Karin Slaughter: I found a dissertation written by a grad student back in the seventies.  She rode around for two years with Atlanta police officers and then she culled all her data and anecdotes to investigate how women were integrated into policing and the effect (if any) that they had.  It was a fascinating read, mostly because it was written in the 1970s, so there wasn't the usual struggle for political correctness.  She just laid it out how it was.  I also spoke with many different police officers--female and male--who came up during that time.  It was fascinating to hear about their struggles, and I hope that I did their stories justice.  They were trailblazers, and they had no idea at the time what they were doing for women not just in policing, but everywhere.  In the 1960s, female athletes were made to stand nude in front of men who worked for the Olympic committee to prove that they were, in fact, female.  Now, there are more women on the US Olympic team than men and no one bats an eye.

3. No woman rises to the top without learning to handle sexual harassment, right? The way Amanda Wagner and Evelyn Mitchell must, in the Will Trent series? So -- what have you faced in this way yourself, and how did you learn to deal with it?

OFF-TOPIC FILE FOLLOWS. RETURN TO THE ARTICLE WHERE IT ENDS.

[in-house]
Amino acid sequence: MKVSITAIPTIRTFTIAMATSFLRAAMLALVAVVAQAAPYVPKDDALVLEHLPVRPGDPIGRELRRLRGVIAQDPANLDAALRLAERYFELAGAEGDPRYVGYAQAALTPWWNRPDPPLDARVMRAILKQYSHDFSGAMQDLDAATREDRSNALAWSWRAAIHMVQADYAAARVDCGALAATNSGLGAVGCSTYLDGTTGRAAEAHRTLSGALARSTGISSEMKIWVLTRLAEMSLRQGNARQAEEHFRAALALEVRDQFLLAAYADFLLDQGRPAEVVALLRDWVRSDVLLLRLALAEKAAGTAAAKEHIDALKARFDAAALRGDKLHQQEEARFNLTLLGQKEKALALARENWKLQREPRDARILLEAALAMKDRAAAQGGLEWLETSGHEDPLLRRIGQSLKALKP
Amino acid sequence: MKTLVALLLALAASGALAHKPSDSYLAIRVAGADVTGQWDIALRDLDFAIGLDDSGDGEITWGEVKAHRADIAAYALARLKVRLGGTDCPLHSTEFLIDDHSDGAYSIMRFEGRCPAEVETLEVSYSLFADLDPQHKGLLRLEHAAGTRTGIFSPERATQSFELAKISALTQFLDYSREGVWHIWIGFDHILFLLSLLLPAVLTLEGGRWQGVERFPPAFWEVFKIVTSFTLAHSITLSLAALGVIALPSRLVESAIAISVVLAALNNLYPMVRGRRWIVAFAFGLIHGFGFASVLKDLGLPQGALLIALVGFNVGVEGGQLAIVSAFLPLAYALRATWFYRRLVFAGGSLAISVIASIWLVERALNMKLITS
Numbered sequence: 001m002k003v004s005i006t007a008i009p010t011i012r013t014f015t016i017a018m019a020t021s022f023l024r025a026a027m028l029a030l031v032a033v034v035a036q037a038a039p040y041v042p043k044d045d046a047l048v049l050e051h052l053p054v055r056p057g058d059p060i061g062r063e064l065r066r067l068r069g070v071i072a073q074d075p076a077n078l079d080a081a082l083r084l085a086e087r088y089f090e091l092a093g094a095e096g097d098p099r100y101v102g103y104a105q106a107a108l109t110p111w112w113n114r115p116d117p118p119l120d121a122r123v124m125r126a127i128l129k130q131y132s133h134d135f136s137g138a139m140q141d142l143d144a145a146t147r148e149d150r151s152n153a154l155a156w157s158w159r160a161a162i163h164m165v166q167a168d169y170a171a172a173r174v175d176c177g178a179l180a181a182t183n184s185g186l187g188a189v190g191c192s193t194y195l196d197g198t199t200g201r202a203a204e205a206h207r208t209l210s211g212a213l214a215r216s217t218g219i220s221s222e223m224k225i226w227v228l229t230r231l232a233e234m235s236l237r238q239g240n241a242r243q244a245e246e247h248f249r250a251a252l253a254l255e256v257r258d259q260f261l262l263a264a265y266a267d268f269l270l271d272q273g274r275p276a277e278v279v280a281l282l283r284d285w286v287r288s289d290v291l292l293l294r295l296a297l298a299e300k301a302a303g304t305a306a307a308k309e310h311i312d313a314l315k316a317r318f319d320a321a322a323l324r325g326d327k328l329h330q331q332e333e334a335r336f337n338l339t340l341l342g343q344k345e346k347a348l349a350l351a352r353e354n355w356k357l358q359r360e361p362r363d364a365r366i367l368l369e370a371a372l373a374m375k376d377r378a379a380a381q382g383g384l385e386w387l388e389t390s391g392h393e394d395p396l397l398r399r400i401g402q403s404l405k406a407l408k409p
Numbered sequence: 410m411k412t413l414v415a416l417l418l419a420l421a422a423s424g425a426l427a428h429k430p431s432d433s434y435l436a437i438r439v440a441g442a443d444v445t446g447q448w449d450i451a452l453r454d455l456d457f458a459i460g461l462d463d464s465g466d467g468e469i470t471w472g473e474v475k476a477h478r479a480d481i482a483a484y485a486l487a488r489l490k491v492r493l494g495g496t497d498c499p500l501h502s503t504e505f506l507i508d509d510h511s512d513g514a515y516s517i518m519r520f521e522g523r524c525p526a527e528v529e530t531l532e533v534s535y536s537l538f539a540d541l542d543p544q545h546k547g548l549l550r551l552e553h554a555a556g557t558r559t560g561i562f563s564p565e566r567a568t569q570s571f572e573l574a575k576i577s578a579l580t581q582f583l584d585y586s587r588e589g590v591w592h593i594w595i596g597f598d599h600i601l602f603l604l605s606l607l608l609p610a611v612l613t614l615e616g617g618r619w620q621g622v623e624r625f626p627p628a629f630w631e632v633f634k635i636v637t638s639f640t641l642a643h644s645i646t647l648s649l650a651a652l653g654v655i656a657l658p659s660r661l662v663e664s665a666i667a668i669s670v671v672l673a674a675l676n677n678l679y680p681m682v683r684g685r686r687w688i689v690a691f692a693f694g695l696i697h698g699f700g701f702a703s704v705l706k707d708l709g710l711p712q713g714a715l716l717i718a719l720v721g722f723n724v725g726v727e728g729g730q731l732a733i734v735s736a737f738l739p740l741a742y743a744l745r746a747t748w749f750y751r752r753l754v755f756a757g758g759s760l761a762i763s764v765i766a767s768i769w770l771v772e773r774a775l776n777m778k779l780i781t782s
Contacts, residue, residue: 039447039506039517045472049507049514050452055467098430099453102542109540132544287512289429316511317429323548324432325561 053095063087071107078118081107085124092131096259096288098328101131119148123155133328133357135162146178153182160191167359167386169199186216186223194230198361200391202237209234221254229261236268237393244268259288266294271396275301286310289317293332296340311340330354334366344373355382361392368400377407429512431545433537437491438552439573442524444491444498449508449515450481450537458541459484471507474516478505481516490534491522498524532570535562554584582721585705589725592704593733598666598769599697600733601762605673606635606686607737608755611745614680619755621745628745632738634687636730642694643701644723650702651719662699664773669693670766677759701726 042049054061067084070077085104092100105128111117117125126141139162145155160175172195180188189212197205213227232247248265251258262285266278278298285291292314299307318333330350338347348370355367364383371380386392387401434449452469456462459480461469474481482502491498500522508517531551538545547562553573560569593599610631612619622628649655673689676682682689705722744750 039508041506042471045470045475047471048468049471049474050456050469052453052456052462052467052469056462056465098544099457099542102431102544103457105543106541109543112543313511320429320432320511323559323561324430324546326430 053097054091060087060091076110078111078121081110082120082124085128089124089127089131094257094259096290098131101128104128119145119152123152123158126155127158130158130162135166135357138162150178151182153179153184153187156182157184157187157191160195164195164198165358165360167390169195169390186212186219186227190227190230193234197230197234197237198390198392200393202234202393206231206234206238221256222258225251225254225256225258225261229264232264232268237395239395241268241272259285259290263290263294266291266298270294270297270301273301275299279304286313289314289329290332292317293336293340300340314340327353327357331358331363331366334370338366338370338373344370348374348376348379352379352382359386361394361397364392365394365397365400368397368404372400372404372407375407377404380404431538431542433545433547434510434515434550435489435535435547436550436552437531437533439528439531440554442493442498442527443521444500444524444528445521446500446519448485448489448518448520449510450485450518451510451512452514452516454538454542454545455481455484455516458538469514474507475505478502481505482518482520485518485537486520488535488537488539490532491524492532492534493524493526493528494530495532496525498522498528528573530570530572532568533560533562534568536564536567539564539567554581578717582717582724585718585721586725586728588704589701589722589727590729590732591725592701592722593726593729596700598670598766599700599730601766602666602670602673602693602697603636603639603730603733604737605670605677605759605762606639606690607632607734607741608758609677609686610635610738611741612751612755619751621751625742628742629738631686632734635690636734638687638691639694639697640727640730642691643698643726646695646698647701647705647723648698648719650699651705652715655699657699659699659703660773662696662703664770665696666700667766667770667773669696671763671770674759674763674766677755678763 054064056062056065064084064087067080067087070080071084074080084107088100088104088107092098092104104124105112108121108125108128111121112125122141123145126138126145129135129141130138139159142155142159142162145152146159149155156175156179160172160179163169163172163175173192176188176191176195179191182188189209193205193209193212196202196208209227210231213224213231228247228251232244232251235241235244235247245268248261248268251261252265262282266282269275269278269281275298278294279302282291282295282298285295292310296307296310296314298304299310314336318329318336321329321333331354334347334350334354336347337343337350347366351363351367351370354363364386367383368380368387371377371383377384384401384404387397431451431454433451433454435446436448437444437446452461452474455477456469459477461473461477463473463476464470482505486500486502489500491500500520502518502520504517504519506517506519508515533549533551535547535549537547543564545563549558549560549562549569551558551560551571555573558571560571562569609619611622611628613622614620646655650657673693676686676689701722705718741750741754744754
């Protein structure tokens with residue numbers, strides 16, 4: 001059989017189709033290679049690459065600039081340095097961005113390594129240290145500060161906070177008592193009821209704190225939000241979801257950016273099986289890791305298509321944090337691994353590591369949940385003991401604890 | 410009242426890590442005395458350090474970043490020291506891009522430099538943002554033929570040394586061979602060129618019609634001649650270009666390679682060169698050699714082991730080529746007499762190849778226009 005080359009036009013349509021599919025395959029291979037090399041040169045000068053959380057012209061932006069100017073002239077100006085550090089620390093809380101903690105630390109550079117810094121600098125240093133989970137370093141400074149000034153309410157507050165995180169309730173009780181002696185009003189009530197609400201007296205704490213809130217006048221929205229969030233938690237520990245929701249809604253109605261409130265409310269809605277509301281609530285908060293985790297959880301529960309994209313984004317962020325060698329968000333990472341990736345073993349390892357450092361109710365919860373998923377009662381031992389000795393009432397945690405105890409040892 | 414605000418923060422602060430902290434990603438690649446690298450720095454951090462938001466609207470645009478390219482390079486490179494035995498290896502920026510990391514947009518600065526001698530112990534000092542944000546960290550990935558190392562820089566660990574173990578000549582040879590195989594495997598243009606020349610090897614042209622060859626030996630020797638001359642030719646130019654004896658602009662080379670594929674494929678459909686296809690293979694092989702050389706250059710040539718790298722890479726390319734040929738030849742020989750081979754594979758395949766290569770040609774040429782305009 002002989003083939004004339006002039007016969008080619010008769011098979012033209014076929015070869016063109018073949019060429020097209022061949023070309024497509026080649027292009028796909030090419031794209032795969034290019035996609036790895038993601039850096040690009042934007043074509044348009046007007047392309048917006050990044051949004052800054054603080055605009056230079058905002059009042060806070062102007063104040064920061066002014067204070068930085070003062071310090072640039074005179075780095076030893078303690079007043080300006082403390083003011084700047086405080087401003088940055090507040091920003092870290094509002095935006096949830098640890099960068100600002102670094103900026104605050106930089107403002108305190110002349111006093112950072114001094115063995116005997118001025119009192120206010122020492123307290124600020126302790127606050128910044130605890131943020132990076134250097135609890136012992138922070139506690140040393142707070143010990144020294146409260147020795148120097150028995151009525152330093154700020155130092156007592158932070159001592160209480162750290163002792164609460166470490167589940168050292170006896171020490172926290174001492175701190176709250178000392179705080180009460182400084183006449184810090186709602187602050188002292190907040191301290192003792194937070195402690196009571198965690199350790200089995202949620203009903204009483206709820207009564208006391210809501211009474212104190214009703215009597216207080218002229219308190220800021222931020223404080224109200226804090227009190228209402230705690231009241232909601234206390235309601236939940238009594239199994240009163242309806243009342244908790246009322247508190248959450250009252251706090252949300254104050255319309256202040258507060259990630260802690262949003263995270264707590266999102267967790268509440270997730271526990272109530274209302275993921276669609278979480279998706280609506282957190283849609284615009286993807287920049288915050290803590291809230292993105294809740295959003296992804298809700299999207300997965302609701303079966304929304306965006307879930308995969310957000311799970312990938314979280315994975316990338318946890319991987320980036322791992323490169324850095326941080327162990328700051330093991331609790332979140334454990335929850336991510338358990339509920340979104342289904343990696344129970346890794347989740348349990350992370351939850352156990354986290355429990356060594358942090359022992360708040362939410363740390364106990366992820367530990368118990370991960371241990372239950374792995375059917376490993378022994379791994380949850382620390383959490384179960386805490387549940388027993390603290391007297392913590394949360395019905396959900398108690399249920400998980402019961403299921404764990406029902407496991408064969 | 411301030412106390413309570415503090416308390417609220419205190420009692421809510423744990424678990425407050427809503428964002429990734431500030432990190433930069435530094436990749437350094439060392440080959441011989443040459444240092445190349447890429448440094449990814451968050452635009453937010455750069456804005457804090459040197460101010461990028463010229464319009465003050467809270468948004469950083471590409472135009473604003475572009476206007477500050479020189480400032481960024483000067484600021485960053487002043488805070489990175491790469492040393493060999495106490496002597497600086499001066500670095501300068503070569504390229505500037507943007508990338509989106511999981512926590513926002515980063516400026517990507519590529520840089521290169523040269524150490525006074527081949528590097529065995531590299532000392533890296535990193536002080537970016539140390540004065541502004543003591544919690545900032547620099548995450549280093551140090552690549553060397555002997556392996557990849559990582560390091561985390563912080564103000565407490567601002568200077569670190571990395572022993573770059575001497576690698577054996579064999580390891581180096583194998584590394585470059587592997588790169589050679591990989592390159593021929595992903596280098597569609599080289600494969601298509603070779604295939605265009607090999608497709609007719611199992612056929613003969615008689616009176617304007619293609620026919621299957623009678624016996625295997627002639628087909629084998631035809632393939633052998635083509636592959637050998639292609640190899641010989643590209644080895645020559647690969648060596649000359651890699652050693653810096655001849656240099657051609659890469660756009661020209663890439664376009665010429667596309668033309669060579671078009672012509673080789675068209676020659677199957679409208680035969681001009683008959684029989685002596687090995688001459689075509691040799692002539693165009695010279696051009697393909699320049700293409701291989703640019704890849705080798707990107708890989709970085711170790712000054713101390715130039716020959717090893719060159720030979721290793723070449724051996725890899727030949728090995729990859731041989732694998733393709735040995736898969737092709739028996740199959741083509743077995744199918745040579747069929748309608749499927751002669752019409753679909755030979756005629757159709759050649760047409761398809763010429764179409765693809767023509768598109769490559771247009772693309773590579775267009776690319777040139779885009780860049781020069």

Karin Slaughter: The thriller field is a wonderful one to be in, but it's certainly male-dominated.  I think the biggest problem is that no one really talks about that fact.  No one asks why women are rarely nominated for awards.  No one asks why they are routinely ignored for the top speaking honors at some of our conventions.  No one asks why they are continually left out of "best of" short story collections or not asked to appear on panels.  Considering that women comprise around 80% of readers and women tend to do all the grunt work in organizing conventions and such, it seems like we'd be more keen to celebrate ourselves.  There are some very, very good men who try to level the playing field--Lee Child, John Connolly, Mark Billingham, and many others, but for the most part, we either toil in collegiate obscurity or get compliments like, "You write like a man."  Which, I suppose is a way of saying, "Wow, who would'a guessed a woman could write well!"